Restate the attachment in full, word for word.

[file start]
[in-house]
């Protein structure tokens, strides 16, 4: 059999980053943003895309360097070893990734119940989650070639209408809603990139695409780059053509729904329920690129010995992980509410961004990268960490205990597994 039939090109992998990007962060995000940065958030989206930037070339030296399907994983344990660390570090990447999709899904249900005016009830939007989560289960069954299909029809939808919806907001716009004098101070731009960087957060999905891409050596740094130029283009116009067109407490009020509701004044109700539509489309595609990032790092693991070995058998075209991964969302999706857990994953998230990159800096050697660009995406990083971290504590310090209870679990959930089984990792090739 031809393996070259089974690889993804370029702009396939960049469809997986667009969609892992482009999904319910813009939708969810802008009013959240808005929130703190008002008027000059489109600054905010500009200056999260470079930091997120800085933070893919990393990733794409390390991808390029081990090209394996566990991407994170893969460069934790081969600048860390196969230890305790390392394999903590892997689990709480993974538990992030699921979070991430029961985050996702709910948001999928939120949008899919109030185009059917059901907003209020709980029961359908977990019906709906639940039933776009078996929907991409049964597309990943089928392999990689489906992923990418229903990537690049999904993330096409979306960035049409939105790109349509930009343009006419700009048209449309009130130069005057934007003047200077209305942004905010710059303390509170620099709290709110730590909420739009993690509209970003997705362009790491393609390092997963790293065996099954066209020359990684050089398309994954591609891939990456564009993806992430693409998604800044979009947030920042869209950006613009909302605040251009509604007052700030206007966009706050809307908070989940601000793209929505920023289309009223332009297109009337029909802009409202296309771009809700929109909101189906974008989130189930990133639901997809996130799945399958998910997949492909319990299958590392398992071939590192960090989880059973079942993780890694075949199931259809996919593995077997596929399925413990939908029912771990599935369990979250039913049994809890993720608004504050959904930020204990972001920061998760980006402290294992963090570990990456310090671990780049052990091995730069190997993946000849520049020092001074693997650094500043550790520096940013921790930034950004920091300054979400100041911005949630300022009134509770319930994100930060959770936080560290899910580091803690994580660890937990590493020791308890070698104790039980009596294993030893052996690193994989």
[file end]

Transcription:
[in-house]
């Protein structure tokens, strides 16, 4: 059999980053943003895309360097070893990734119940989650070639209408809603990139695409780059053509729904329920690129010995992980509410961004990268960490205990597994 039939090109992998990007962060995000940065958030989206930037070339030296399907994983344990660390570090990447999709899904249900005016009830939007989560289960069954299909029809939808919806907001716009004098101070731009960087957060999905891409050596740094130029283009116009067109407490009020509701004044109700539509489309595609990032790092693991070995058998075209991964969302999706857990994953998230990159800096050697660009995406990083971290504590310090209870679990959930089984990792090739 031809393996070259089974690889993804370029702009396939960049469809997986667009969609892992482009999904319910813009939708969810802008009013959240808005929130703190008002008027000059489109600054905010500009200056999260470079930091997120800085933070893919990393990733794409390390991808390029081990090209394996566990991407994170893969460069934790081969600048860390196969230890305790390392394999903590892997689990709480993974538990992030699921979070991430029961985050996702709910948001999928939120949008899919109030185009059917059901907003209020709980029961359908977990019906709906639940039933776009078996929907991409049964597309990943089928392999990689489906992923990418229903990537690049999904993330096409979306960035049409939105790109349509930009343009006419700009048209449309009130130069005057934007003047200077209305942004905010710059303390509170620099709290709110730590909420739009993690509209970003997705362009790491393609390092997963790293065996099954066209020359990684050089398309994954591609891939990456564009993806992430693409998604800044979009947030920042869209950006613009909302605040251009509604007052700030206007966009706050809307908070989940601000793209929505920023289309009223332009297109009337029909802009409202296309771009809700929109909101189906974008989130189930990133639901997809996130799945399958998910997949492909319990299958590392398992071939590192960090989880059973079942993780890694075949199931259809996919593995077997596929399925413990939908029912771990599935369990979250039913049994809890993720608004504050959904930020204990972001920061998760980006402290294992963090570990990456310090671990780049052990091995730069190997993946000849520049020092001074693997650094500043550790520096940013921790930034950004920091300054979400100041911005949630300022009134509770319930994100930060959770936080560290899910580091803690994580660890937990590493020791308890070698104790039980009596294993030893052996690193994989």